Data Breach Aftermath

Haste certainly doesn’t make waste if you’ve suffered from an entity getting hacked resulting in a data breach. Don’t waste a single minute delaying notifying affected accounts! In the case of a credit card company, they will investigate; you won’t have to pay the fraudulent charges. The breached card will be closed, and you’ll get a new one. And there is more.
All sounds simple enough, but the experience can be a major hassle. Below is what you should do upon learning your card has been breached:

  • If a SSN is breached, place a credit freeze or fraud alert with the three big credit bureau agencies. Placement of the credit freeze or fraud alert will net you a free copy of your credit reports; review them.
  • See if you can find companies that have accounts in your name—that you didn’t set up. Notify and cancel them. Make a list of entities that might be affected by your ID theft, then contact them.
  • If your identity is actually stolen, you may need documents to show creditors proof of your ID theft, you should file a report with the police and FTC.
  • Keep vigilant documentation of all of your relevant correspondence.

If your credit card was compromised, you also must contact every company or service that was on autopay with the old card. This includes quarterly autopays (e.g., pesticide company) and yearly autopays, like your website’s domain name. Don’t forget these! You now have to transfer all the autopays to your new card.

But you also must consider the possibility that your credit card breach is only the beginning of more ID theft to come. You now must be more vigilant than ever. If it can happen once, it can happen again.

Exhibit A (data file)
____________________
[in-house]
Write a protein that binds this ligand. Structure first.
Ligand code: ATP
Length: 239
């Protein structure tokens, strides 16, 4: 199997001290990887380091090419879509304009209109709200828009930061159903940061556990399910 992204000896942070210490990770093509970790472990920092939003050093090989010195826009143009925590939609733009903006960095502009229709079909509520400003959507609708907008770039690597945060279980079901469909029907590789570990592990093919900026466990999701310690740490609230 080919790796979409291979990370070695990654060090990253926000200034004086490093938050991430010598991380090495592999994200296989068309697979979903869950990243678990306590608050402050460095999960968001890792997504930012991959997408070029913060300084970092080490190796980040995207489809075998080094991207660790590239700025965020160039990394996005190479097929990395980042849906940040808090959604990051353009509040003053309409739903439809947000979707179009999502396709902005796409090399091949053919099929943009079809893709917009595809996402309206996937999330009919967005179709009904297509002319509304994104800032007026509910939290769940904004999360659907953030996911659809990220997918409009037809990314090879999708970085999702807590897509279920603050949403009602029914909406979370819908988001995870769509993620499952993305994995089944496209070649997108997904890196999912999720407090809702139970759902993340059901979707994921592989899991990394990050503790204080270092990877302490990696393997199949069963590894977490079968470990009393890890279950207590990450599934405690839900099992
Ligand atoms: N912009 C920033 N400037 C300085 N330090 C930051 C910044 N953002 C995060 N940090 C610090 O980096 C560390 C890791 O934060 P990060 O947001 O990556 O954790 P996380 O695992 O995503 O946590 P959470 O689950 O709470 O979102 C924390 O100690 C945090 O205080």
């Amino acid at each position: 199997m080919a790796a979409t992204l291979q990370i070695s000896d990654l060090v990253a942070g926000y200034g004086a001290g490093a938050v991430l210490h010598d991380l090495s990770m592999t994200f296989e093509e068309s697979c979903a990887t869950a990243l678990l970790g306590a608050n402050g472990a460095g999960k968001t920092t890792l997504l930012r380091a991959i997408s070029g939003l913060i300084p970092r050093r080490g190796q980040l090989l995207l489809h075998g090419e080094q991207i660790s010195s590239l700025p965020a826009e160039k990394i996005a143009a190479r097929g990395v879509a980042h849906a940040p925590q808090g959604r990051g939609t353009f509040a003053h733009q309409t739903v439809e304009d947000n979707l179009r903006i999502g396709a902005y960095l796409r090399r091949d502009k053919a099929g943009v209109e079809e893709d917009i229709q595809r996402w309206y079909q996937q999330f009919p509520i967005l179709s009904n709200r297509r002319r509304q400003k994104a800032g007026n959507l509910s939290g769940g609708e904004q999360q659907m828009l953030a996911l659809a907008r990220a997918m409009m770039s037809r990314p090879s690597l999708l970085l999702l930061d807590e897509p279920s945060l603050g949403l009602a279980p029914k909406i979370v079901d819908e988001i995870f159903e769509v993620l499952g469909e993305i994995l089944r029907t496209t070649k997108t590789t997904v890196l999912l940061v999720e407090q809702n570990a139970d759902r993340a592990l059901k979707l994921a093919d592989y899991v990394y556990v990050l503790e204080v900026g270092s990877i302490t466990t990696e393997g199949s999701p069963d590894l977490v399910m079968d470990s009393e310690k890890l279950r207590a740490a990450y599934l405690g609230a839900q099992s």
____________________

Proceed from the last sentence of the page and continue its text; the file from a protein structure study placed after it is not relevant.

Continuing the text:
• Check every charge on every statement. If you don’t remember making that $4.57 charge…investigate this. Thieves often start with tiny purchases, then escalate.
  • Use apps that can detect anomalous behavior with your credit card account. These applications are free and will alert you if there’s a purchase that’s out of the norm, such as there’s a charge to the card in your home town, but an hour later another charge occurs 800 miles away.
  • See if your card carrier will let you set up account alerts, such as every time a purchase exceeds a set amount, you get notified.
  • Never let your card out of your sight. The thief could have been someone to whom you gave your card for a payment—they used a handheld “skimming” device and got your data. If you don’t want to hassle with, for instance, the restaurant server who wants to take your card and go off somewhere to get your payment, then pay cash (if possible).
  • Never use public ATMs; ones inside your bank are less likely to be tampered with with skimming devices.

Other than tampered ATMs and retail clerks taking your card out of your view to collect payment, there are tons of ways your personal information could get into a thief’s hands. Here are steps to help prevent that:

  • Shred all documents with any of your personal information, including receipts, so that “dumpster divers” can’t make use of them.
  • When shopping online, use a virtual credit card number; your bank may offer this feature.
  • When shopping, patronize only sites that have “https” at the start of the Web address.
  • Never save your credit card number on the site you shop at.
  • If a retail site requires your SSN in order to make the purchase, withdraw from the site and never go back.
  • Never give your credit card or other personal information to online forms that you came to as a result of clicking a link in an e-mail message. In fact, never click links inside e-mail messages.
  • Make sure all your computer devices have a firewall, and antivirus/antimalware software, and keep it updated.

Robert Siciliano is an identity theft expert to discussing  identity theft prevention.